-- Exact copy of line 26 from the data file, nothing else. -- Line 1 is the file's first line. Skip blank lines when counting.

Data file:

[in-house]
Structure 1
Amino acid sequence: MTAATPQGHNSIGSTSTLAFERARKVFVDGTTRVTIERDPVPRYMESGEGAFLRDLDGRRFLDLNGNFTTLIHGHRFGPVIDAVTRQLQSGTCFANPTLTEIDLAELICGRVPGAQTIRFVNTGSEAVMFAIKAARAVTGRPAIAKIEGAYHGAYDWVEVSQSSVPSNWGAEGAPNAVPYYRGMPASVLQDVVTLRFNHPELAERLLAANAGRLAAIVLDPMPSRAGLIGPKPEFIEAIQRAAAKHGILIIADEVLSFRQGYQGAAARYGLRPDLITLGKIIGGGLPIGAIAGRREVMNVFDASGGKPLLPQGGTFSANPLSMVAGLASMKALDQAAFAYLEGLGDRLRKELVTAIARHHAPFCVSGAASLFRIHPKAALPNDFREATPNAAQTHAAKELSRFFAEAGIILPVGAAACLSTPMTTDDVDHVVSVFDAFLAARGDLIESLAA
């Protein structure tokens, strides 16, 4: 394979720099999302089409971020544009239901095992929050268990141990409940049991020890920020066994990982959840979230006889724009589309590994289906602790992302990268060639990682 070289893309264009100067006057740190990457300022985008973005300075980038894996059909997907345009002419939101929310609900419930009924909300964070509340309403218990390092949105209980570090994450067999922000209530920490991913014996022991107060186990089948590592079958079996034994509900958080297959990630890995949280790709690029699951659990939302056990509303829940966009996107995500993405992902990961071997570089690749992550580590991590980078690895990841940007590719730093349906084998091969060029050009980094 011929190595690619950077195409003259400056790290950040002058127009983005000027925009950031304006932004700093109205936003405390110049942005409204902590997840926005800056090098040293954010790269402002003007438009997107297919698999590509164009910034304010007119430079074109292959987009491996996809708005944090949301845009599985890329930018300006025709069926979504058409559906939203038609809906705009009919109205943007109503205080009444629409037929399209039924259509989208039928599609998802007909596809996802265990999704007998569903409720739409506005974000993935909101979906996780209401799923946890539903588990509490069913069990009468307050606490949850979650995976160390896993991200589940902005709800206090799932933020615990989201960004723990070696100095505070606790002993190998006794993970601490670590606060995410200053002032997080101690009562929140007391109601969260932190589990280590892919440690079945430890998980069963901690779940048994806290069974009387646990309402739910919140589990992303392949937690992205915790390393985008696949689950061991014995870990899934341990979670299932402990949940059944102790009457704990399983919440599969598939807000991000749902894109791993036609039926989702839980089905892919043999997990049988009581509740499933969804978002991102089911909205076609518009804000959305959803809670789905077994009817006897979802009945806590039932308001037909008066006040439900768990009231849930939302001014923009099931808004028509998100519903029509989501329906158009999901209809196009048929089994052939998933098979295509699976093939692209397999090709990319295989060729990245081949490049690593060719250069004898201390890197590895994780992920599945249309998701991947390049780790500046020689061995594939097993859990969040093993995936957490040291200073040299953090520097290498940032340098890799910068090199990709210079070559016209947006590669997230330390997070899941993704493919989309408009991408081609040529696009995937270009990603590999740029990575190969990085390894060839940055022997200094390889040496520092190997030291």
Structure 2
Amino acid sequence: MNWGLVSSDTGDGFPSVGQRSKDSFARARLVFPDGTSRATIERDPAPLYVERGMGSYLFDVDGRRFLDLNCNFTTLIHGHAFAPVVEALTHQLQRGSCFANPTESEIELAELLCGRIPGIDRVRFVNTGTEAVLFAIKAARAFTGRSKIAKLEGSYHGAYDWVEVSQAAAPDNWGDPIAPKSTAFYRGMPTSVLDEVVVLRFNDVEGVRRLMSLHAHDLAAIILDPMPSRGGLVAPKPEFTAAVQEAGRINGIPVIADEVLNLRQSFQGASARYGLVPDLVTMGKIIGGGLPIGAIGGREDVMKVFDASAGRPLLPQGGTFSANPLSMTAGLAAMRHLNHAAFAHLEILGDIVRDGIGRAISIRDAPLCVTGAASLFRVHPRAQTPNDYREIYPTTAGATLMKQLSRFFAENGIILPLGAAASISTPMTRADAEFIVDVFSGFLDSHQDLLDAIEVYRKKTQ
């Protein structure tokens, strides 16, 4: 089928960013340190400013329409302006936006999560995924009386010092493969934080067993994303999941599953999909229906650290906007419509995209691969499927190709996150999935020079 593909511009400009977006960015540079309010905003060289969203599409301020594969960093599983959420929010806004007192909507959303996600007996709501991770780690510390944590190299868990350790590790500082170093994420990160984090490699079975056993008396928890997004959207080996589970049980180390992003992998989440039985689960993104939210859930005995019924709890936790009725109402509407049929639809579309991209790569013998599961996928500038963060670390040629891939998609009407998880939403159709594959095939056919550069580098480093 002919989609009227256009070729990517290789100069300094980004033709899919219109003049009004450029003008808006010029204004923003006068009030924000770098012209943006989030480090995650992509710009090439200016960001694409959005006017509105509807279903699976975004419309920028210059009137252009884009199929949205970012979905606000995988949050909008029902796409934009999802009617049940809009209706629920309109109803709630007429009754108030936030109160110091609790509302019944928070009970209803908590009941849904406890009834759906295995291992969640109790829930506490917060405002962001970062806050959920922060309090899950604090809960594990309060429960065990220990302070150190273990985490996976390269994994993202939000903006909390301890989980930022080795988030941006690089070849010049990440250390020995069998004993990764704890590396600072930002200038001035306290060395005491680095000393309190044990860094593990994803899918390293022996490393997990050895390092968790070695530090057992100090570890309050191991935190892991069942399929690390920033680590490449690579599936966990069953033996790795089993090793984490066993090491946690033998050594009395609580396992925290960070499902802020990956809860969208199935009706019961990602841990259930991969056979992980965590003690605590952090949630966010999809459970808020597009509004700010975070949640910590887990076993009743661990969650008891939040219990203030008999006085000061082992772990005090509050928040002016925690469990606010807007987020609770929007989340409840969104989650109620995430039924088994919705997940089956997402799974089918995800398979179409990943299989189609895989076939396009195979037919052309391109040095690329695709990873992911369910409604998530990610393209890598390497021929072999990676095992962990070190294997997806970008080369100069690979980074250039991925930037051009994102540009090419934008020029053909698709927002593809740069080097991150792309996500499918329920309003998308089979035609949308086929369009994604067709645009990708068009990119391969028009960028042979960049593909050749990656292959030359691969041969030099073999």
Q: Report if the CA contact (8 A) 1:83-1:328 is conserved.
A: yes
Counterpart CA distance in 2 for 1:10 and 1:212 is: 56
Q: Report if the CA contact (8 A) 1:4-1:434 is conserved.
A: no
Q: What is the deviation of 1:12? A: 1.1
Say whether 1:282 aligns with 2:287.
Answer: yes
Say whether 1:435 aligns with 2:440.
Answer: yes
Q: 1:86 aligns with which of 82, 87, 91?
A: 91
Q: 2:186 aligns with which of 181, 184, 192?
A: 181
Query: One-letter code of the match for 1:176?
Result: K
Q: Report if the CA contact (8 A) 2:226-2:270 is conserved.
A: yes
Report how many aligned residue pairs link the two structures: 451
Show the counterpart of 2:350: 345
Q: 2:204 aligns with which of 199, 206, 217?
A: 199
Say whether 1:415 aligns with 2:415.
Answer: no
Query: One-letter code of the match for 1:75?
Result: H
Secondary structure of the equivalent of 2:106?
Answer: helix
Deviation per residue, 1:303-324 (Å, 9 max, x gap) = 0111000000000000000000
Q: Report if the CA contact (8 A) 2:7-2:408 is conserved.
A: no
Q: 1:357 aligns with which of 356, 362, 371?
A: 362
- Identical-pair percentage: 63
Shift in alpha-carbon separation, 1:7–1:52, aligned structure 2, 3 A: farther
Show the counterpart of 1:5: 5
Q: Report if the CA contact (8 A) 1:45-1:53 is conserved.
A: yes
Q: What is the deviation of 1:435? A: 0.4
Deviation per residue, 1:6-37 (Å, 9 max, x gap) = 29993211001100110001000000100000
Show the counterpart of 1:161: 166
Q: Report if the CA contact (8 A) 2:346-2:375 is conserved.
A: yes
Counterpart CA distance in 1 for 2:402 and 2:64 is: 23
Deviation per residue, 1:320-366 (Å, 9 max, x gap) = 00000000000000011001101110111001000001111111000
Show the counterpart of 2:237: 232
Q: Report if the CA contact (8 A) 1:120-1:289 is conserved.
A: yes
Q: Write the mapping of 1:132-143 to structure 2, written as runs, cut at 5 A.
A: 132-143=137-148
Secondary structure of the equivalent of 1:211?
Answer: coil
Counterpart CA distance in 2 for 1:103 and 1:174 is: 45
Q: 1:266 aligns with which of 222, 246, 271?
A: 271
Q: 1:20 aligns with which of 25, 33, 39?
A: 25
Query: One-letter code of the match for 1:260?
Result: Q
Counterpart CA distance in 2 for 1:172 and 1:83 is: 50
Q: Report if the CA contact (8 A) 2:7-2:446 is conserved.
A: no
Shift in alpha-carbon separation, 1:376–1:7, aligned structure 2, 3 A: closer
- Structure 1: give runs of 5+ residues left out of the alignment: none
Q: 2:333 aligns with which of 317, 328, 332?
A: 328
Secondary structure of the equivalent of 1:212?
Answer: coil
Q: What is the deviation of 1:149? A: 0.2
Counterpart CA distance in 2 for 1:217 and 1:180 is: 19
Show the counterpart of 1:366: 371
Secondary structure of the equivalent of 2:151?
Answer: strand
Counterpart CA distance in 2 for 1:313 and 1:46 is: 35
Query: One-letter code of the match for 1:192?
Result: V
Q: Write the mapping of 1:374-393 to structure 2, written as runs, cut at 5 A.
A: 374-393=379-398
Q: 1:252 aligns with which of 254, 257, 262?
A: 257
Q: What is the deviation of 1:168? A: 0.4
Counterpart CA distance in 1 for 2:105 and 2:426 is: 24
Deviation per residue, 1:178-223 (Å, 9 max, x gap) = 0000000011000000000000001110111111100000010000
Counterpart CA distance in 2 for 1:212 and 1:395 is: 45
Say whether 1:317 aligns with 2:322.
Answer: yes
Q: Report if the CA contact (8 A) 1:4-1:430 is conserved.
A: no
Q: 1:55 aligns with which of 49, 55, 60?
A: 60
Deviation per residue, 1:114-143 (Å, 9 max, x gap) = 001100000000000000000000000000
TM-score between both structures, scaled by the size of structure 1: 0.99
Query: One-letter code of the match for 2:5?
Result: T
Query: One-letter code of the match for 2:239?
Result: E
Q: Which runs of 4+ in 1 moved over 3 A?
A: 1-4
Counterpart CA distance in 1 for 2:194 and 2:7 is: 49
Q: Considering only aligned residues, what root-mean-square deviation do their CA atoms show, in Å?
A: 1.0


Report how many aligned residue pairs link the two structures: 451